Saturday night, 12 bucks (a cheap cover at nearby clubs) bought you a night of chilled out, near-perfect indie pop bliss. Though How To Dress Well just swung through town a couple months ago, they returned with friends - namely, rising indie pop icon Sky Ferreira and Australian psych-pop band High Highs. The three gave the audience very little to complain about Saturday night, save for those stuck outside the door of this sold out event. Each one a musical compliment to the next, High Highs, How to Dress Well, and Sky Ferreira may be the best bill Barboza has seen in 2013 so far.
High Highs are coming off the release of great new record Open Season and stateside to show it off. The band's style is really refreshing, mixing the post-rock vibe of bands like Tycho and the Album Leaf with the psych pop songwriting prowess of MGMT. The resulting product is a chilled out groove with an emotionally powerful tug. High Highs sounded excellent live and found a few new fans wandering up to the merch booth after the show. They totally deserve it, too - as Tom Krell of How to Dress Well entered the stage later in the night, he raved about how High Highs were "the nicest, most sincere people in the world". But High Highs are more than just nice guys - they took their short window of stage time and made it count with a memorable set that the crowd warmed up for the next round of entertainment.
Tom Krell will blow your mind every time you see him live. On the record, How To Dress Well is his soft-spoken minimalist R&B diary of the hardships of life, dealing with death on a personal basis and learning to love, slowly but surely, as all of us do. All of the above holds true in Krell's live setup, but what will, guaranteed, exceed your expectations are Krell's perfect vocals. Listeners might scoff at that cooing falsetto on the record, chalking it up to production tricks and countless layered tracks, but what you hear on the record is all Tom, and he proves it live. Alternating between a dry mic and one drenched with reverberating echo, Krell creates a spacious vocal experience that seems impossible for just one dude. But as his beats pound on, Krell only gets more impressive. During his set, he played his critically acclaimed new LP Total Loss almost in full, along with "Suicide Dream 1" from Love Remains. He also blew the crowd away with a new medley tune, half Krell's own, and half a very danceable cover R. Kelly's "I Wish". How To Dress Well are a live must-see, and they proved that here once again at Barboza.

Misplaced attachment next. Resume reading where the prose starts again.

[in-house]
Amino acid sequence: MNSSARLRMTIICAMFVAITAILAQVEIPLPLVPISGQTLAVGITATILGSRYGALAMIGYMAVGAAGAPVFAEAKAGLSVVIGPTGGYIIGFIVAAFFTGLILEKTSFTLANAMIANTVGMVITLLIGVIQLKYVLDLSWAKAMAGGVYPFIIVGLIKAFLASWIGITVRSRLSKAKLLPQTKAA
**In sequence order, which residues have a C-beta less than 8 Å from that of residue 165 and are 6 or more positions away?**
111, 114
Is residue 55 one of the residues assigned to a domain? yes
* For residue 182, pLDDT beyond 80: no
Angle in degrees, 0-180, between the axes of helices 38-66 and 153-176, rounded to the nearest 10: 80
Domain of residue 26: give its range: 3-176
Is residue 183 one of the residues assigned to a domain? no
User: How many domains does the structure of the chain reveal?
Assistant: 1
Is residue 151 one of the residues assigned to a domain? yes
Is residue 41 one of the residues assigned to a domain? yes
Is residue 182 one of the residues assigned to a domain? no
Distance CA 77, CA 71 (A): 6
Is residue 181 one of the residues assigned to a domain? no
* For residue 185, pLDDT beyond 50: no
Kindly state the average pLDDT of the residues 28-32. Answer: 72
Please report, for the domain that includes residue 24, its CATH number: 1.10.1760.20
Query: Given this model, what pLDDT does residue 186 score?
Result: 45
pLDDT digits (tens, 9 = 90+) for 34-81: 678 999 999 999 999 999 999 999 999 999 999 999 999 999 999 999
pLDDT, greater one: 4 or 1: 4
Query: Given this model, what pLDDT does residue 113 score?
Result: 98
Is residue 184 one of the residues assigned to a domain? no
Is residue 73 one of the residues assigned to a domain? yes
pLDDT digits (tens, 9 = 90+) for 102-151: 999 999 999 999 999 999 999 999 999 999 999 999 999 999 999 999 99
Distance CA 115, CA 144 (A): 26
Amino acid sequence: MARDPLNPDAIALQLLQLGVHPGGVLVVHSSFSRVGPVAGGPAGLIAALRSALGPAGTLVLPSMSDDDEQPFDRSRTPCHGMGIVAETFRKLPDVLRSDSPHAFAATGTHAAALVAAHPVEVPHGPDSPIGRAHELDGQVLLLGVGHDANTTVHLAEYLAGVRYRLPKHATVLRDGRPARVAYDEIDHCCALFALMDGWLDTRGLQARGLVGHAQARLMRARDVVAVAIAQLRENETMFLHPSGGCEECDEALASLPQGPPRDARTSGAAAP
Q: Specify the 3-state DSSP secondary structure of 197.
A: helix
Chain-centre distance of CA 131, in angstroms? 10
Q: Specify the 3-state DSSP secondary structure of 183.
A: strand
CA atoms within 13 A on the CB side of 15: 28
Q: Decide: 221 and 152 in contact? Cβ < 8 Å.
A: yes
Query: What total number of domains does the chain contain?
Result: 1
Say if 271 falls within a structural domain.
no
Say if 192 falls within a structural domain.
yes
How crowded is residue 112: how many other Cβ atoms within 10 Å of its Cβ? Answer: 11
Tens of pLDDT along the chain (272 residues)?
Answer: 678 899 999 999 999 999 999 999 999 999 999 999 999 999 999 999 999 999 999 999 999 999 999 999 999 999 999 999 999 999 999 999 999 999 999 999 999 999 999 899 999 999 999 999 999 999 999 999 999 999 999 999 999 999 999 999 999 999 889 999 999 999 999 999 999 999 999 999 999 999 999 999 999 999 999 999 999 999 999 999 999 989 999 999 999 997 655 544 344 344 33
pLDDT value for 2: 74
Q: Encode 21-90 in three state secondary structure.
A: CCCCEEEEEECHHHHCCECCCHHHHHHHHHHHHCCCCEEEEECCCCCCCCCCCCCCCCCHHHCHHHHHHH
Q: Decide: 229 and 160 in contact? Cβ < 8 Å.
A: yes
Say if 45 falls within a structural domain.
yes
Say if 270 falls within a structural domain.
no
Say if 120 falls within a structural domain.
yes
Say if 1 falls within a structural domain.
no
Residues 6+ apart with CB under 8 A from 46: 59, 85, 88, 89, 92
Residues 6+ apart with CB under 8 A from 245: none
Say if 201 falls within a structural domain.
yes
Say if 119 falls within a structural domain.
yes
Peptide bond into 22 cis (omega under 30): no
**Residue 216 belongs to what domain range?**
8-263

How To Dress Well:
The beautiful Sky Ferreira has received her fair share of hype in the last half year or so, starting with a captivating CMJ performance last October, followed by the release of her excellent EP Ghost, and the present excitement surrounding delayed debut LP I'm Not Alright. Despite her powerful vocals and spartan stage presence, Ferreira was a bit shy, sticking to the vocals and keeping crowd interaction to a minimum. Her onstage character is effective, though - amidst melancholy lyrics and soft melodies, she alternates between cold stares and downturned gazes, like she's living and relating to the songs she's penned. But closing out her set with instant classic "Everything's Embarrassing", she broke character just a bit, peering around the room and giving quick smiles to those singing along. With a diverse range of musical styles and her post-Internet child of the 90's presence, Sky's show was a delight. Playing the whole of Ghost and dropping quite a few new tunes (here's hoping the excellent "You're Not The One" appears on I'm Not Alright!), Ferreira wowed the crowd off their feet and ended the night with a bang.
Sunday night, rock pioneer Nick Cave returned to Seattle in support of the excellent new Nick Cave & The Bad Seeds record Push The Sky Away. Unsurprisingly, Cave played an insurmountable show in grandiose fashion. Mixing the best of Push with a dozen or more classics, Cave and his band brought …
As Jamie Lidell started into his Neumos set Monday night, he recalled the Multiply tour, where at his Neumos stop back in 2006, he wore a leopard print suit that was blistering hot on stage. Here, he was dressed more akin to an R&B Dr. Who, with a dark full body coat over a simple v-neck. But t…